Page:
• Remote work
    • Limit # of people in a given room
    • Signs or floor markings to identify distancing and traffic patterns
    • Staggered arrival, departure, work, and break times
  • In well-defined areas where there is no reasonable expectation that any person with suspected or confirmed COVID-19 will be present, this section does not apply to employees who are fully vaccinated.

Physical Barriers:

  • In work locations outside of direct patient care areas where each employee is not separated from all other people by at least 6 feet of distance (e.g. billing offices, check-in areas), the employer must install cleanable or disposable solid barriers, except where the employer can demonstrate it is not feasible.
    • Barrier must be sized (e.g., height and width) and located to block face-to-face pathways between individuals based on where each person would normally stand or sit.
    • May have a pass-through space at the bottom for objects and merchandise. Note to paragraph
    • Physical barriers are not required in direct patient care areas or resident rooms.
  • In well-defined areas where there is no reasonable expectation that any person with suspected or confirmed COVID-19 will be present, this section does not apply to employees who are fully vaccinated.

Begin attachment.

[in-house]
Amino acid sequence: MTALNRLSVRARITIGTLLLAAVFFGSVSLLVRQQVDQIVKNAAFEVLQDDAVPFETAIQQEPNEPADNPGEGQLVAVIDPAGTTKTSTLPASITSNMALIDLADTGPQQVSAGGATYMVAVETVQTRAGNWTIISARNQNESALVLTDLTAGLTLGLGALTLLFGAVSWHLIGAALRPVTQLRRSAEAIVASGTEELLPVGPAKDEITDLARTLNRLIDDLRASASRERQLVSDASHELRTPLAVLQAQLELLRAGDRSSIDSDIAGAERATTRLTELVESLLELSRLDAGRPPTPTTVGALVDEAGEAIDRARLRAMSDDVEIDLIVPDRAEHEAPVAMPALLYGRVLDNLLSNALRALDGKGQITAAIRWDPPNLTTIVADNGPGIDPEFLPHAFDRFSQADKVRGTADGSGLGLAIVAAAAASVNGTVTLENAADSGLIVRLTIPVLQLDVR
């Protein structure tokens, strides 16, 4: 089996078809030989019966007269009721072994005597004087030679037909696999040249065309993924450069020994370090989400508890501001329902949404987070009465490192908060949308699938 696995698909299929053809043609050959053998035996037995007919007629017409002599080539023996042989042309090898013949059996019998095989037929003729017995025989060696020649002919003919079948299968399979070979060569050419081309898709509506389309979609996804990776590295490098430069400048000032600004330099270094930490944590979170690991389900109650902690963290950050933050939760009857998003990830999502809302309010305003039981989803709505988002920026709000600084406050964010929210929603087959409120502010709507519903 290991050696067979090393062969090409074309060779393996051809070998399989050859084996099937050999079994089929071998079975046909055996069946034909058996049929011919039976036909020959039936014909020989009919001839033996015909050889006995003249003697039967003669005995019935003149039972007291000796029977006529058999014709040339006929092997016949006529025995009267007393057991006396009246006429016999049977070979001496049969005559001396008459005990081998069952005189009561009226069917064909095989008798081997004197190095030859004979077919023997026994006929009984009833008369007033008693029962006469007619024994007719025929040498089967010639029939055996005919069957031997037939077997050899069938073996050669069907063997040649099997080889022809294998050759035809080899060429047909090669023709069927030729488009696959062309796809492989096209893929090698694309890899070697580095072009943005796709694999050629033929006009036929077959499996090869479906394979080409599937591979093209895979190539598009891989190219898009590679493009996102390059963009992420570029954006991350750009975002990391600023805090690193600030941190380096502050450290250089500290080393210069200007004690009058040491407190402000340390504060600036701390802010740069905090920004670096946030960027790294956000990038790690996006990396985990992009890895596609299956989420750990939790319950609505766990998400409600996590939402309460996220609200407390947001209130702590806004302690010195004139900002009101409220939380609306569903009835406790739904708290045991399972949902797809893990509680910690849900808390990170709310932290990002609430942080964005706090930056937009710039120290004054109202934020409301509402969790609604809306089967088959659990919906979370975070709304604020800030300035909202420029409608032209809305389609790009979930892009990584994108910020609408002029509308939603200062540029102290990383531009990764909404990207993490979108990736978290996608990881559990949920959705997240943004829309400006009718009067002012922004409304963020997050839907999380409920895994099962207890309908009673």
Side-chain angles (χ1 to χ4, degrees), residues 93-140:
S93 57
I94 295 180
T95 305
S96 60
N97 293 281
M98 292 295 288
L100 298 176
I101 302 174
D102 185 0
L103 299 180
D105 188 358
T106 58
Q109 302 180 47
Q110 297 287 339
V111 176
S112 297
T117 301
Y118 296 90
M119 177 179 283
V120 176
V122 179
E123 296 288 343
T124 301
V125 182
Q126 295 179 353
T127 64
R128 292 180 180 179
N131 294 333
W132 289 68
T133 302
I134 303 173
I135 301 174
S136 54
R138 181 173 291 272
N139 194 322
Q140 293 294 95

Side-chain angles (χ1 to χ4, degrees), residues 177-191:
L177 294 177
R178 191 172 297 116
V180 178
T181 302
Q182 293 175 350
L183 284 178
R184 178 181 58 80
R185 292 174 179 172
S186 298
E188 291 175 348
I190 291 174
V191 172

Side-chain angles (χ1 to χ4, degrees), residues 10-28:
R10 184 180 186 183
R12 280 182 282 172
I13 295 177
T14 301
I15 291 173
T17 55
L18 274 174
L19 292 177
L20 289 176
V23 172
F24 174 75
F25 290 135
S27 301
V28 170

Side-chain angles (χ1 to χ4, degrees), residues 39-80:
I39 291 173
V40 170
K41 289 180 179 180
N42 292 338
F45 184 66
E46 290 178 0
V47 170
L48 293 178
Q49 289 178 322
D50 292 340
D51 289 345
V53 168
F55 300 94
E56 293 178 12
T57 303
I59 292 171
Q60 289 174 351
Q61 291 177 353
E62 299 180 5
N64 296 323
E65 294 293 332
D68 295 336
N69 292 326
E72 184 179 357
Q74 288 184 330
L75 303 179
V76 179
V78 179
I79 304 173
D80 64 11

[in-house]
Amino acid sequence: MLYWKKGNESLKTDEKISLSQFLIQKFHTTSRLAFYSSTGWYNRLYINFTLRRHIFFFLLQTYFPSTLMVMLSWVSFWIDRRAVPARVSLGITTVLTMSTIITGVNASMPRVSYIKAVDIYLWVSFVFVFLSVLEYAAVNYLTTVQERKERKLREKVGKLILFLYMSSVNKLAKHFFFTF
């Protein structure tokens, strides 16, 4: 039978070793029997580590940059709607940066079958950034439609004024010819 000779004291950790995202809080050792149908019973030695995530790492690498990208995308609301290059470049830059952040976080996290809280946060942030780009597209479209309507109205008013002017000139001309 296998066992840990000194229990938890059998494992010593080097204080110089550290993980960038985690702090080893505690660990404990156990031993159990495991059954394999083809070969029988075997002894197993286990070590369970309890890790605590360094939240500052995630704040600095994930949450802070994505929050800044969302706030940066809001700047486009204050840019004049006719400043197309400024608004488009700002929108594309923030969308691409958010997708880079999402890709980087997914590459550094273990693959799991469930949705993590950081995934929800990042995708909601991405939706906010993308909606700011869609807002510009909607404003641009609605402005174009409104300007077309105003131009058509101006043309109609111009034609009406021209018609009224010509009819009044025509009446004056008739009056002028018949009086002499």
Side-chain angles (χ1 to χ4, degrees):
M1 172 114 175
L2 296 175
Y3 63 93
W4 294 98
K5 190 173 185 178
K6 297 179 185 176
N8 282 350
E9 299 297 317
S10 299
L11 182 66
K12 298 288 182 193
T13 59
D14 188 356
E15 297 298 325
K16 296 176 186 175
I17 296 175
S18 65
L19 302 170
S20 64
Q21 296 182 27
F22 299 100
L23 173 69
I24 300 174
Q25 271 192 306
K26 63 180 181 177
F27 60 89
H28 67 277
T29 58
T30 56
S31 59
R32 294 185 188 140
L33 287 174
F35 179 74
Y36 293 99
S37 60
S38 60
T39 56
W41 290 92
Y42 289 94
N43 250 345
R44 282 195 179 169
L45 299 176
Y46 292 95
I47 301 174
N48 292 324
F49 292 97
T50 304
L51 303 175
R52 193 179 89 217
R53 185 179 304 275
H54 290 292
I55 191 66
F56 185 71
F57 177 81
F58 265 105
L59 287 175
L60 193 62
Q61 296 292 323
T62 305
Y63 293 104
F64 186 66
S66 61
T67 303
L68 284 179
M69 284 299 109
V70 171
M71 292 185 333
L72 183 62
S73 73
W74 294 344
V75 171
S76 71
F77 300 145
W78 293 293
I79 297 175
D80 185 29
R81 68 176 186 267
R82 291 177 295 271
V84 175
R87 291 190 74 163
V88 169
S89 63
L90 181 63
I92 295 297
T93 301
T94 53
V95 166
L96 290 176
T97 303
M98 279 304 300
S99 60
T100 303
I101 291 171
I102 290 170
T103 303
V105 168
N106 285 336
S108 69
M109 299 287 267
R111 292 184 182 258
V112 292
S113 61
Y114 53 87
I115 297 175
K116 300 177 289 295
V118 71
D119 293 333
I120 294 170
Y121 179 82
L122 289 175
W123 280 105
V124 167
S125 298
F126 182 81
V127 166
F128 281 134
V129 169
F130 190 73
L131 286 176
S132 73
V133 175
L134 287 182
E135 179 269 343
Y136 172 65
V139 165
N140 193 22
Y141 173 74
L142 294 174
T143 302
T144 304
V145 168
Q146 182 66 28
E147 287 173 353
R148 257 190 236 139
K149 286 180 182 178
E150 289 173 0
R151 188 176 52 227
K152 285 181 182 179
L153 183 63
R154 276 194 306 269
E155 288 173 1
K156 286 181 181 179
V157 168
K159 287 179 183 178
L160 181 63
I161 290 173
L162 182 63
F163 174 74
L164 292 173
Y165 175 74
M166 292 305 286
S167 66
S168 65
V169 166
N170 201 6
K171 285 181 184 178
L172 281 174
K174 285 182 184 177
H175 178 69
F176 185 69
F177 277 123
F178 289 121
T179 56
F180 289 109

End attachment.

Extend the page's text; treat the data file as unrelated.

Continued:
Cleaning and disinfection:

  • In patient care areas, resident rooms, and for medical devices and equipment, the employer must follow standard practices for cleaning and disinfection of surfaces and equipment in accordance with CDC’s “COVID-19 Infection Prevention and Control Recommendations” and CDC’s “Guidelines for Environmental Infection Control,” pp. 86–103, 147-149
  • In all other areas, the employer must:
    • Clean high-touch surfaces and equipment at least once a day
      • Follow manufacturers’ instructions for application of cleaners
    • Clean and disinfect any areas, materials, and equipment that may have likely been contaminated by an individual who is COVID-19 positive in the workplace within the last 24 hours
    • Provide alcohol-based hand rub that is at least 60% alcohol or provide readily accessible hand washing facilities